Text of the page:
What's the Best Thing About 'Sex'? Lizzy Caplan.
She's stolen scenes (and laughs) in everything from ''Mean Girls'' to ''New Girl,'' now the actress, 31, takes on a dramatically different role on Showtime's revolutionary '50s-set drama ''Masters of Sex''
You’ve played a lot of memorable roles, and they all have a certain edge. How would you describe your niche?
The quippy, sardonic girl who has commitment issues. That was my bread and butter. I didn’t want to play the one who has all her s— together, even though there are lots more roles for girls who have their s— together. I like the angrier characters.
Perhaps your angriest character was Janis, Lindsay Lohan’s acerbic outcast friend in Mean Girls. What was that experience like?
The hotel felt like a dorm, and we just made each other laugh all day long. It felt very high school-y, but in an idealized, not so s—ty way. I dug it.
Your hair was so wild in that movie.
They dyed it so many times! Afterwards I decided that I needed to change my look, so I went from black hair to blond — which apparently you’re not supposed to do. I used to have thick, beautiful Jewish-girl hair. Nope, gone forever.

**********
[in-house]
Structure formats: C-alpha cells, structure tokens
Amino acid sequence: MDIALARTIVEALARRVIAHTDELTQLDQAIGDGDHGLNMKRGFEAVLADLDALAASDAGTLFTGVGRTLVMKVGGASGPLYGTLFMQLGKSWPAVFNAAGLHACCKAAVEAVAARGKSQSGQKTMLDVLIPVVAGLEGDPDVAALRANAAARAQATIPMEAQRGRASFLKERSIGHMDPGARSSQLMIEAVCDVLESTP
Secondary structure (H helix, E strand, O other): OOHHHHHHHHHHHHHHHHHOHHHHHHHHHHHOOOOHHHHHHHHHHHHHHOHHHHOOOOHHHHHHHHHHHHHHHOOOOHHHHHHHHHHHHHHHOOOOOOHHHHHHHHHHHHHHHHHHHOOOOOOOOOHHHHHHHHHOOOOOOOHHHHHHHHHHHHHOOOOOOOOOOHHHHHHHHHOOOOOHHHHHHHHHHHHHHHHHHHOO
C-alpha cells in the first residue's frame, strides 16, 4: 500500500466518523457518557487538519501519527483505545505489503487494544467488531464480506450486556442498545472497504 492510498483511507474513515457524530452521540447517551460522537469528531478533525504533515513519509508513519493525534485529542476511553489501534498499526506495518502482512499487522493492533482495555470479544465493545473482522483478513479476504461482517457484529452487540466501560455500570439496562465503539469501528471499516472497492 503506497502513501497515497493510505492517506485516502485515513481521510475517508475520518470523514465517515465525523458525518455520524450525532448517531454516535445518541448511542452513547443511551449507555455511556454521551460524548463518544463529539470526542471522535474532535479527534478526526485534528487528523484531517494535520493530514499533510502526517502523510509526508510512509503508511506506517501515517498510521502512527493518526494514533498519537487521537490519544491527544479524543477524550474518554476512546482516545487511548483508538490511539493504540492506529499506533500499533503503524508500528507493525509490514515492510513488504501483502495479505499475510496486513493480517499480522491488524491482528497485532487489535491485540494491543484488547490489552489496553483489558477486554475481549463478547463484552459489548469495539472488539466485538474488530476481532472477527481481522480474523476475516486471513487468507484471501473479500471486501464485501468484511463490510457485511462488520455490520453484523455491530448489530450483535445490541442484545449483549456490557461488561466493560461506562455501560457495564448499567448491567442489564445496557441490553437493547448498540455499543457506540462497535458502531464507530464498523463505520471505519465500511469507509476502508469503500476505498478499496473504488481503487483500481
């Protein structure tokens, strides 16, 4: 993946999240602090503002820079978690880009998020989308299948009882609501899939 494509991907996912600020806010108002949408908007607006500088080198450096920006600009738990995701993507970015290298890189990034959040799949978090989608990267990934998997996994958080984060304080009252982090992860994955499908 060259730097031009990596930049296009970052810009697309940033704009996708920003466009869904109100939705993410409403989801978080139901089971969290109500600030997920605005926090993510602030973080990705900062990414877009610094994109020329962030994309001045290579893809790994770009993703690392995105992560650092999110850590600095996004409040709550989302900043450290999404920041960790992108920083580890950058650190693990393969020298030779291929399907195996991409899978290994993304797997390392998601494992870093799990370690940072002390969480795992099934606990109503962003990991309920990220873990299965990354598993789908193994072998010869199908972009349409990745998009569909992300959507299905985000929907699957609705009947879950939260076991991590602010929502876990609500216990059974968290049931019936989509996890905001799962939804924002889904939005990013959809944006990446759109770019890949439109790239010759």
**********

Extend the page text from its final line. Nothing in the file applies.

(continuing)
Your first major forays into series TV were Fox’s Tru Calling in 2005 and CBS’ The Class the next year. CBS really thought the sitcom, on which you played a sarcastic photographer, would be the next Friends. But then it was canceled after 19 episodes.
The producers took the cast to Las Vegas on a private jet. The whole purpose was for them to sit us all down and say, ”Enjoy it now, because this is the last time you will be able to go out in public together without getting mobbed.” I remember asking [exec producer] James Burrows, ”How many times have you been wrong?”
Masters‘ Virginia Johnson is certainly a departure for you.
I thought that my chances of getting the role were very slim. I had to do a fair amount of convincing myself that I would be capable of pulling this off.
Did you meet the real Virginia Johnson before she passed away in July?
No. It’s really a very odd thing to have spent so much time thinking about this person but having never met her.
The show is, in a word, explicit.
You see a lot of sex, there’s a lot of nudity, but what we’re trying to do, and the story we’re trying to tell, has to do with themes that are much deeper than boobs on camera.
Is it intimidating to star opposite a Royal Academy-trained actor like Michael Sheen [William Masters]?
The parallels between us and Masters and Johnson are insane. He had all the degrees, and she used her personality and charm. It echoes in our relationship. Like, I am the scrappy one who showed up without the nine acting degrees and without doing Macbeth, or whatever else Michael has done.
Your eyes are so big and gorgeous. What’s the craziest comment you’ve ever received about them?
When I was backpacking through Europe when I was 19, this guy at a hostel said that I had cow eyes, which wasn’t great.
Masters of Sex